Nebraska may be over nine thousand miles away from Australia, and seemingly unaffected by the Australian bushfires, but one Lincoln resident believes it is a cause for concern here in the Heartland.
Wanting to take any action he could to contribute to wildfire relief in southeastern Australia, Lincoln resident Nicholas Fabiano organized the Australia Bushfire Benefit concert held at the Bourbon Theatre Saturday evening.
“Animals was my biggest thing,” Fabiano said, recalling what motivated him most. “You know, the people get a lot of attention but I hate the fact that five percent of koalas remain.”
Fabiano grew sick of seeing the devastation the bushfires inflict on the wildlife, deciding he needed to make an impact. It was just three weeks ago that he started planning the benefit concert after seeing news coverage for the bushfires dwindle from the heavy coverage the fires were getting.
“Lately there’s been so much press with Kobe and the impeachment and things like that, suddenly it’s not on the forefront, but there is still bushfires going on,” Fabiano said.
As an employee of the Bourbon Theatre, Fabiano used the contacts he’s met through the venue, as well as management team and other coworkers, to bring everything together in such a short amount of time.
The Zooeys, Hall County Incident, The Other Side of Now and Bucka Ruse were the four local bands Fabiano and his coworkers got for the entertainment for the evening downstairs while a raffle was held upstairs. Alongside sponsoring the entire event, FlyDogz provided gift cards for the raffle. The Bourbon Theatre donated one of the bigger prizes, which was a golden ticket which gave one lucky winner access to all the concerts for the entire year. ConAgra, Embassy Suites, Bison Witches and G&G Smoke Shop were also among the fourteen Lincoln businesses that donated prizes for the raffle.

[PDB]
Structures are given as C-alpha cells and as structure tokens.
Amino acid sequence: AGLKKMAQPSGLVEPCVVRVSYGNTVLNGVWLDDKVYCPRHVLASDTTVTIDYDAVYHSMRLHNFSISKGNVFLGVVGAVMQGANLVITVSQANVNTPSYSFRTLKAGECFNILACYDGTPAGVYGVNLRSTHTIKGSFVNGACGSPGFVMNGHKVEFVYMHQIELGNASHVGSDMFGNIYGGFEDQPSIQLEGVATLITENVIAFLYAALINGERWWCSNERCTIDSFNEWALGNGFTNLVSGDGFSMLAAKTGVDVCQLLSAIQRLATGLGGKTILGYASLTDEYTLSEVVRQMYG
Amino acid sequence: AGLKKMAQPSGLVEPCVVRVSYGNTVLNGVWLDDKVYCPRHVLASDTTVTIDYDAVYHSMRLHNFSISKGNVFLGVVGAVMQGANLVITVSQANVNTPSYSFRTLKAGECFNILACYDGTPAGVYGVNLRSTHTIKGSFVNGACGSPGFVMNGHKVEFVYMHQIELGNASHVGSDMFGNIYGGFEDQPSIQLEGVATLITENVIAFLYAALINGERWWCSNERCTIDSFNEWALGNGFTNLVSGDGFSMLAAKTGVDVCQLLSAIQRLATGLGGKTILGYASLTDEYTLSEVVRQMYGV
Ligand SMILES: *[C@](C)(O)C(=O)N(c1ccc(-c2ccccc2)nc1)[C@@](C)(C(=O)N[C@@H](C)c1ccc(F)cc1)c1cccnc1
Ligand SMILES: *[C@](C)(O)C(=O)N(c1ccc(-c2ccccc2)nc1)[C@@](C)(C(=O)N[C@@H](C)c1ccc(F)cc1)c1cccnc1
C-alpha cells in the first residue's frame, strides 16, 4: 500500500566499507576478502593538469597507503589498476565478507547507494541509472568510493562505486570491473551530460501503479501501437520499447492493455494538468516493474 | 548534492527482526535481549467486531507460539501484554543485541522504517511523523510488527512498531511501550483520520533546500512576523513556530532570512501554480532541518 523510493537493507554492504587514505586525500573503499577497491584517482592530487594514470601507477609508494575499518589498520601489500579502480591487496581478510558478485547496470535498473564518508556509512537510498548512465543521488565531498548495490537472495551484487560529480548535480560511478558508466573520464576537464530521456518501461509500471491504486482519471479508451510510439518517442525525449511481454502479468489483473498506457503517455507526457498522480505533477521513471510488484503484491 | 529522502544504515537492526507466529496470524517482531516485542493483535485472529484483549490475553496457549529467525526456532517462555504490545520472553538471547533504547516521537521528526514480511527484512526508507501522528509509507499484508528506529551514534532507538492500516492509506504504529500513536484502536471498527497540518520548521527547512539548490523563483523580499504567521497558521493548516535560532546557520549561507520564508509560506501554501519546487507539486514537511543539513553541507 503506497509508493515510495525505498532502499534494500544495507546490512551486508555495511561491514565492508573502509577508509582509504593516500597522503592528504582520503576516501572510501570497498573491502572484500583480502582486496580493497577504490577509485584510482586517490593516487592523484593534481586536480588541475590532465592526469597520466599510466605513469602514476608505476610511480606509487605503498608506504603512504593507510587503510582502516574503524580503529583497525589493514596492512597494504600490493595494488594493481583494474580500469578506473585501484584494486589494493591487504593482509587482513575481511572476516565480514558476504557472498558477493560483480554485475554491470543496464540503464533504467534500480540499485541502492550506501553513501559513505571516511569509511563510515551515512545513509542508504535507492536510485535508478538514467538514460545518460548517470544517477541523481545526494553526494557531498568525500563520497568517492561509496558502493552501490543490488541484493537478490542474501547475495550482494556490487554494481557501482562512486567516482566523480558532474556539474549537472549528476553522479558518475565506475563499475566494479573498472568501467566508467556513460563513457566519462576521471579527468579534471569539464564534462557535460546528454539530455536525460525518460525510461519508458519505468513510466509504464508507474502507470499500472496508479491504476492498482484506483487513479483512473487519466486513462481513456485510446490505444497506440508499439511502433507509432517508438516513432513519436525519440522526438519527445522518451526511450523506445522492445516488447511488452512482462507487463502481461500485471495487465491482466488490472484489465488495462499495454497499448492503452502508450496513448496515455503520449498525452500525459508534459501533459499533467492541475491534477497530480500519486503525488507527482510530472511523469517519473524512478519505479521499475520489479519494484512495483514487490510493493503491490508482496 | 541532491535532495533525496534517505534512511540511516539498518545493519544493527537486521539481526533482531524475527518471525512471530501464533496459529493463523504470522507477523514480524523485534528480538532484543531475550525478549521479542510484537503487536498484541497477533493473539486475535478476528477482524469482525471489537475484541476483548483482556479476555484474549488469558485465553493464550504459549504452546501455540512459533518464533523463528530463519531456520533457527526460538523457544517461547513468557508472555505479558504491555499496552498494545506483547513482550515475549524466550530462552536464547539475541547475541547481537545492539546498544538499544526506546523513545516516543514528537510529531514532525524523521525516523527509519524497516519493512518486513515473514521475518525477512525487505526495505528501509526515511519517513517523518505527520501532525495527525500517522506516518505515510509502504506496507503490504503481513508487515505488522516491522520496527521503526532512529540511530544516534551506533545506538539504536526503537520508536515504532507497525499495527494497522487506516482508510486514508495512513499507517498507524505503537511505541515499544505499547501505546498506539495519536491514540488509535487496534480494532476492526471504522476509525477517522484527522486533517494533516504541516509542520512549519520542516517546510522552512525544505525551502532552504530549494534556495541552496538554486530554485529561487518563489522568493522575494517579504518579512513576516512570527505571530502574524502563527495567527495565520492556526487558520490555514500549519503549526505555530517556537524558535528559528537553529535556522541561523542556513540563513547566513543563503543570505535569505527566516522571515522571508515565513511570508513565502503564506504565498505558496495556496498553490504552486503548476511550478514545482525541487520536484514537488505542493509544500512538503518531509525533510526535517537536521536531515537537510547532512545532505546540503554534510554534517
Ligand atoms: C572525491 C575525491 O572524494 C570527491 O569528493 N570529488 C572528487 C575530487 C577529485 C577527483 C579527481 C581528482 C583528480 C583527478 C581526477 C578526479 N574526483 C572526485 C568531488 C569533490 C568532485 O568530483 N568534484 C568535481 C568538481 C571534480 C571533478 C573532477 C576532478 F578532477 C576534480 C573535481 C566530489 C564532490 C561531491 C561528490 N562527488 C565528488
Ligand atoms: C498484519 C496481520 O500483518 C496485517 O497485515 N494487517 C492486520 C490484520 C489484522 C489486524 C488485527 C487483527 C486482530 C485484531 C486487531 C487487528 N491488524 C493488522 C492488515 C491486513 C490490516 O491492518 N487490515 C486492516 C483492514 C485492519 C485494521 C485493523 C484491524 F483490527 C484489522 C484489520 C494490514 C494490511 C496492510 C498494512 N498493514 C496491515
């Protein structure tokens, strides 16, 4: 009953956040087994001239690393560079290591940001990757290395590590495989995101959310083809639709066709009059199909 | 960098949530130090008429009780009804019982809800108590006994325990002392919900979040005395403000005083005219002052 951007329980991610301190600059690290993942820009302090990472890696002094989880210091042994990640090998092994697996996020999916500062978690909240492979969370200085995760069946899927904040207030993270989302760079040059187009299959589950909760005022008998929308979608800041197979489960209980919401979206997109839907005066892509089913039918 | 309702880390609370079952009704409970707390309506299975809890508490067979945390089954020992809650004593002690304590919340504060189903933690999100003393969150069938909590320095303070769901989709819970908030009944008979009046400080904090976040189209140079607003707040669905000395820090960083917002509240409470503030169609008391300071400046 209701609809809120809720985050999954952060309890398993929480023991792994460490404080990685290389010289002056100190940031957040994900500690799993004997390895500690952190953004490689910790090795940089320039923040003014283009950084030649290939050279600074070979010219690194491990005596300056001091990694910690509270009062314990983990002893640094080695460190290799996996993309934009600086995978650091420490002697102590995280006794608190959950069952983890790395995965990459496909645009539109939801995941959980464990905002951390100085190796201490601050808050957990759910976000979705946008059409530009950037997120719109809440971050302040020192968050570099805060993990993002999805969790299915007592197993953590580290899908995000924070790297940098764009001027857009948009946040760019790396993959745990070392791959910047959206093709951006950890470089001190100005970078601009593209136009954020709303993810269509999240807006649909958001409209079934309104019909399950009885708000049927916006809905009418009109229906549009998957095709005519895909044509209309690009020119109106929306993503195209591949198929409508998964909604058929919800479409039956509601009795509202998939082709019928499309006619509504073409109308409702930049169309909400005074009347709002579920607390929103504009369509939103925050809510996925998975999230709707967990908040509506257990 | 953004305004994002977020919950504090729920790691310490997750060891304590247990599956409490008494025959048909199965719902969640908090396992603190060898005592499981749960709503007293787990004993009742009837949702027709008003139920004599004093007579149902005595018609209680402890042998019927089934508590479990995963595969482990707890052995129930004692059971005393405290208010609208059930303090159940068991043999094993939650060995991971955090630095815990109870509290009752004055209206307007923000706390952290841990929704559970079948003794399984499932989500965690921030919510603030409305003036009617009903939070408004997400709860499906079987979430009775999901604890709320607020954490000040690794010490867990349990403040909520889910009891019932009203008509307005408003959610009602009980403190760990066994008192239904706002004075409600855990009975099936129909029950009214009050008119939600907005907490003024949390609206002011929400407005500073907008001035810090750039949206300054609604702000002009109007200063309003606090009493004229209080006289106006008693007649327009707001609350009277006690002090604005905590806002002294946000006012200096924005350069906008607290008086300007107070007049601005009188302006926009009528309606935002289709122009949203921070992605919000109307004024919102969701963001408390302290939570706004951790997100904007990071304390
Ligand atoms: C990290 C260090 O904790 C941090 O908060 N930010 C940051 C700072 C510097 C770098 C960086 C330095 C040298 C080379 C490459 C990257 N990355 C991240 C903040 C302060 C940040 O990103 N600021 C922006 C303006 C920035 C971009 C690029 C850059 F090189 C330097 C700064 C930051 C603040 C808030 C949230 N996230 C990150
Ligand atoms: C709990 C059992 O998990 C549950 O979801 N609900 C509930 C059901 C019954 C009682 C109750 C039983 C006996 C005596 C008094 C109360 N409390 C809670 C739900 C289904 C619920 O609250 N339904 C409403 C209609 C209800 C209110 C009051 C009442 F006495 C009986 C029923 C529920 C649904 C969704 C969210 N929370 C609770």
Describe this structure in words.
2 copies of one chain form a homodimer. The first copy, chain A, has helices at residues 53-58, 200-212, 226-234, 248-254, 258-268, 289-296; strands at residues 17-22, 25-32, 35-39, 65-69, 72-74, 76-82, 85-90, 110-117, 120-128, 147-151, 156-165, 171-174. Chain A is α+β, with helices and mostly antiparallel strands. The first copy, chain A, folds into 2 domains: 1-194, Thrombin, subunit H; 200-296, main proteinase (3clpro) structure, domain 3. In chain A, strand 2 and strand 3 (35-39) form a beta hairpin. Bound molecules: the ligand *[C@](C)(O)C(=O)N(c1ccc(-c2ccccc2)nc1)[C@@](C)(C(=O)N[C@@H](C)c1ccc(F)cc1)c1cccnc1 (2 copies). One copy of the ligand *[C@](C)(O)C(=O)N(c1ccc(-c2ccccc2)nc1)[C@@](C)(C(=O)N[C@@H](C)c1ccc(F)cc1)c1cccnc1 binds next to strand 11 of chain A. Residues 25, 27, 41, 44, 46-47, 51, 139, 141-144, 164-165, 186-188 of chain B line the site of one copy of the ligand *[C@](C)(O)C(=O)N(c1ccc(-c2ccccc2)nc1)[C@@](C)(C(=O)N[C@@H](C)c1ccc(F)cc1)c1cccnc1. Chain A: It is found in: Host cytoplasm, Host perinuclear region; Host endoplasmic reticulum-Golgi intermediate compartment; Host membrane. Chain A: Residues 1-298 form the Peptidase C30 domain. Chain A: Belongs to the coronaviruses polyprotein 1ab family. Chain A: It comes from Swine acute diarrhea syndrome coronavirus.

Despite all the fun involved with watching local bands and putting on a raffle giveaway, Fabiano said before the night began why it matters that even residents in Lincoln be concerned about the impact the Australian bushfires are having on the environment.
Fabiano said bushfires in Australia were actually not uncommon at all in the past.
“Bushfires have always existed in Australia, but not to this extent,” he said.
Bushfires like these actually contribute to most of the carbon emissions coming from Australia historically. Despite the continent having a history of recurring wildfires, Fabiano explained that recent changes in the climate have reduced the areas’ ability to naturally recover from these annual events.
Heavy rains over the past two weeks in the fire-inflicted areas have provided relief for many animals and residents, but Fabiano is mostly concerned with the irreversible damage. Flyers he had at the event informed the audience that 1,300 homes have been destroyed, roughly five percent of koalas remain in their natural habitat and over a billion other animals were taken by the fire. Fabiano emphasized that many of these animals, like the koala, are endemic species only found in certain regions of Australia.
All the proceeds from the benefit concert will be going to charities helping provide relief for the wildlife and residents. One Tree Planted and the World Wildlife Foundation were Fabiano’s main choices to receive the proceeds since he believes they are in need of the most funding and will have the greatest impact in relief efforts. The Australian Red Cross will also receive some of the proceeds from the event.